The Greatest Inventions Of 2022

The world faced numerous crises in 2022, and overcoming the biggest of them is going to be an immense, long-term challenge. The UN Foundation listed a few of the most pressing, covering topics from poverty to pollution, environment to equality. The greatest concerns are protecting the environment and addressing global poverty, both of which impact billions of people. But humanity is nothing if not ingenious. Necessity, as they say, is the mother of invention, and humans have been inventing things to solve problems for as long as humans have existed on Earth. Britannica highlights several inventions in the past, dating back millennia, which have revolutionized our way of life and quite literally changed the world.

While not all issues have a single, easy solution, not a year goes by without new and increasingly impressive innovations. Alongside novelties and small things to make people's everyday lives easier or more fun, a handful of the new things created in 2022 may have a substantial impact on the world. Some of these may seem small or even inconsequential at first, but, with time and effort, any of them could blossom into something truly remarkable. To address the greatest issues of our time, great inventions are required. Here are a handful of the things created in 2022 with the potential to be just that.

3D-printed houses

Homelessness is a growing global issue, and, according to the UN, in 2020, an estimated 1.6 billion people across the world were either homeless or lived in "inadequate housing conditions". This is a problem even in the wealthier parts of the world, with the New York Times reporting that housing shortages are affecting more and more people across the U.S. One way to help with this problem is by making housing both cheaper and faster to construct, and one of 2022's innovations could be a game changer.

House Zero was constructed in 2022 by a company called ICON. Instead of being built brick by brick, it was 3D printed. As Dezeen explains, House Zero was designed in a way to better connect people with nature and the outside world, a principle known as biophilic design, using rounded and organic-looking designs which improve airflow. The walls are made from a material dubbed Lavacrete, which provides both insulation and protection from the elements. Constructed in just 10 days, the whole process could also make homes cheaper to build, with printers operating on-site with raw materials. The next stage in ICON's plans, after the proof-of-concept of House Zero, is to construct an entire community with 100 houses.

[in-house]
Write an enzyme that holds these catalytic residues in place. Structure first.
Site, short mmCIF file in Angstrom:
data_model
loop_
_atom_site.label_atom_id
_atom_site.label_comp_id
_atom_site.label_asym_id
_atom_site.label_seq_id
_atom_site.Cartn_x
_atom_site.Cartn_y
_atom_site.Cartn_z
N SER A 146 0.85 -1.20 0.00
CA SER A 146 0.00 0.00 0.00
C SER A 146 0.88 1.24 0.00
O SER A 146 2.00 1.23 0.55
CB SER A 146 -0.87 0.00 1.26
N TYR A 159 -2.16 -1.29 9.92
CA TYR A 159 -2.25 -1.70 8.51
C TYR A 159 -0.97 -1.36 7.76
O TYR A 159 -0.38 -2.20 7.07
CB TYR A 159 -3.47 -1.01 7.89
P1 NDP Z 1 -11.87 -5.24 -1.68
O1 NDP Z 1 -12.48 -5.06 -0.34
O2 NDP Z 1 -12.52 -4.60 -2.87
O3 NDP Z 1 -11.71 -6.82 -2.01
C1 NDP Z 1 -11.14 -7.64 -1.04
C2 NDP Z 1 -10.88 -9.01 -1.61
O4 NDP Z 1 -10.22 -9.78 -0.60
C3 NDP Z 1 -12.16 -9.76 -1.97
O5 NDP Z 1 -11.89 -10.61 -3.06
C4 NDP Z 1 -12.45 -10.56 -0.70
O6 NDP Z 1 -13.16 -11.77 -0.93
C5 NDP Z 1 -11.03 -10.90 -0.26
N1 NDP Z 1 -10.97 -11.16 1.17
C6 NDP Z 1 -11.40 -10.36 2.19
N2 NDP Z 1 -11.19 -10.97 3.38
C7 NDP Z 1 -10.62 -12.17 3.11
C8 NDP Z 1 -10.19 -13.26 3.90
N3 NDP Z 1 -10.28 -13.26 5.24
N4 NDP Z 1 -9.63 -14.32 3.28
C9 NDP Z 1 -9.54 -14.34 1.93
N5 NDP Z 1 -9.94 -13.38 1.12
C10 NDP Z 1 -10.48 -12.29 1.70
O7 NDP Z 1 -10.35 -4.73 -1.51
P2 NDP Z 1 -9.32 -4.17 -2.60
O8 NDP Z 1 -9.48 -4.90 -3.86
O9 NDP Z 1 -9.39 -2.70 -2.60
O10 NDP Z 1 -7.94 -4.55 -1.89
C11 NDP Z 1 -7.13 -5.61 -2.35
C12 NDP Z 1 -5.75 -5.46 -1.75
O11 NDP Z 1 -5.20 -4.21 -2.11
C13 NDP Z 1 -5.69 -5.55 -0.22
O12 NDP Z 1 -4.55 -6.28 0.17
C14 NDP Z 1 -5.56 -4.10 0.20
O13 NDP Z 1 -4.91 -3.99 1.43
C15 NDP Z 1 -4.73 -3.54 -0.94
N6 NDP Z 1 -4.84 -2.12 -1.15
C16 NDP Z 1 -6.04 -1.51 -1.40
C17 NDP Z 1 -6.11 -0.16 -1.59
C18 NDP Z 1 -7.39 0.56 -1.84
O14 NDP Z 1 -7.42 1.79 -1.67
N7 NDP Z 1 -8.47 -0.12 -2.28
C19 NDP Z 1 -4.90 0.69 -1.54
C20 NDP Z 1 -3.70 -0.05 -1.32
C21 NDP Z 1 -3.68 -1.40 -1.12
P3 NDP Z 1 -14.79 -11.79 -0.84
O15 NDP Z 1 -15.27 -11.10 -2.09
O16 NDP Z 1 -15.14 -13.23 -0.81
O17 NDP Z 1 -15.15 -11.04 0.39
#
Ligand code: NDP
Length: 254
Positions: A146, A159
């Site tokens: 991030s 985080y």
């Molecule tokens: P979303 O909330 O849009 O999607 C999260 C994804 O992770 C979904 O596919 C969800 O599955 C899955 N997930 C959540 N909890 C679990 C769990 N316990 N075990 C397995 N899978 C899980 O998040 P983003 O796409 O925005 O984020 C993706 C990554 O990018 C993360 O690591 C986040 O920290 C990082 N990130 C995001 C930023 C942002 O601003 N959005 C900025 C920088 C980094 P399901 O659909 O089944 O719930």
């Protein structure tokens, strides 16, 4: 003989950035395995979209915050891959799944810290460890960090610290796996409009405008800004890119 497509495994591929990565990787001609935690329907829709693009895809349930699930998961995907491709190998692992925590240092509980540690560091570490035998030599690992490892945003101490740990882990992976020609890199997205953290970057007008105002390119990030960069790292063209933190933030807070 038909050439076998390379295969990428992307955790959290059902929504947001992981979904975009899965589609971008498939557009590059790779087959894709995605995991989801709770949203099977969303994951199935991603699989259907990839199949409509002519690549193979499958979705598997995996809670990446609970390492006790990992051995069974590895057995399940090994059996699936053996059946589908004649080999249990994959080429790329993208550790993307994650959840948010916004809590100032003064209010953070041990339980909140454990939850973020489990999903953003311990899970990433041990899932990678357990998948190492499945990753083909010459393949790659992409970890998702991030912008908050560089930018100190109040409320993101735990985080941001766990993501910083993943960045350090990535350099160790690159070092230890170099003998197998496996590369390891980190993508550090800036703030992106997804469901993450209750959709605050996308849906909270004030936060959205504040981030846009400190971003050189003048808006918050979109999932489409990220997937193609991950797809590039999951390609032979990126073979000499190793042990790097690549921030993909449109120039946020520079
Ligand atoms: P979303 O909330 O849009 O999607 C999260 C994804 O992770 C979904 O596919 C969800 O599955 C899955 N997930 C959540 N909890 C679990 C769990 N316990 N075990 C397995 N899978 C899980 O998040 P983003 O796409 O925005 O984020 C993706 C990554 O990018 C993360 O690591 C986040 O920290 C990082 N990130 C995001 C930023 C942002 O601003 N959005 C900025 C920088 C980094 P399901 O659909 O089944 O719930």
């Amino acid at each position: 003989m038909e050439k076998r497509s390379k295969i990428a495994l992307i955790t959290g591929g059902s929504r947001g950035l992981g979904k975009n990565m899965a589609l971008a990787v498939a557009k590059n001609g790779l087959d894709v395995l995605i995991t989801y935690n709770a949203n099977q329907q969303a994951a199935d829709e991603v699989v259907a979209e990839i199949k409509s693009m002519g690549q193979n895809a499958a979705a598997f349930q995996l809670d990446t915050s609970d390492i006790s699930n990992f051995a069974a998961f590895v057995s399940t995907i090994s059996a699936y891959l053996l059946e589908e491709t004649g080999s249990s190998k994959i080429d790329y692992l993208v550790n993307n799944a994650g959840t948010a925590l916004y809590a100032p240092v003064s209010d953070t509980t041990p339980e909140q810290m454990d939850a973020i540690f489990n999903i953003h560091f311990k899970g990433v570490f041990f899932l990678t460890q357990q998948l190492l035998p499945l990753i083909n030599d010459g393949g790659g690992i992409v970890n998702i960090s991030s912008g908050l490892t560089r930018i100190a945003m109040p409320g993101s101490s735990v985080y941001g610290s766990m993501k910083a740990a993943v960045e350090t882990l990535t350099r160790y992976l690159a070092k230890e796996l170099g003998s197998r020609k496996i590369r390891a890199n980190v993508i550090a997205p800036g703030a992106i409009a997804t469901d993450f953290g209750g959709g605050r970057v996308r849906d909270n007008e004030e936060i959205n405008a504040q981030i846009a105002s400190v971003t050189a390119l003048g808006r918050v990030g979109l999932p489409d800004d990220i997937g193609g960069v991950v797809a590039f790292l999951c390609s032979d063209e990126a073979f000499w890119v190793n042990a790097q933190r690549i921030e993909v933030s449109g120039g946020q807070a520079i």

Cooling the urban heat islands

As climate change becomes an ever more pressing concern, one serious problem for built-up areas is the urban heat island effect. The EPA explains that this is caused by the way urban materials like asphalt and concrete absorb sunlight, storing and emitting more heat than rural landscape. This causes localized hotspots in cities, with temperatures up to 7°F higher than surrounding land. The effect of these heat islands also touches on an equality issue, with a study in Nature explaining how marginalized and poor communities are disproportionately affected by heat islands, and the hazards this can cause. Affected people are statistically more at risk of heat-related mortality than other extreme weather like hurricanes or floods.

An innovation that can help to combat this has been developed by a company named StreetBond, consisting of paint which is better at reflecting sunlight, helping to prevent heat from building up in city environments. Courtesy of the GAF Cool Community Project, EcoWatch reports that the colorful paint is based on epoxy acrylic, and reflects both the visible and infrared parts of sunlight. The paint has already been used in Los Angeles, leading to surface temperatures up to 12°F cooler than they would otherwise be. With hotter summers and increasingly frequent heatwaves, working to reduce temperatures in big cities like LA could genuinely help to save lives.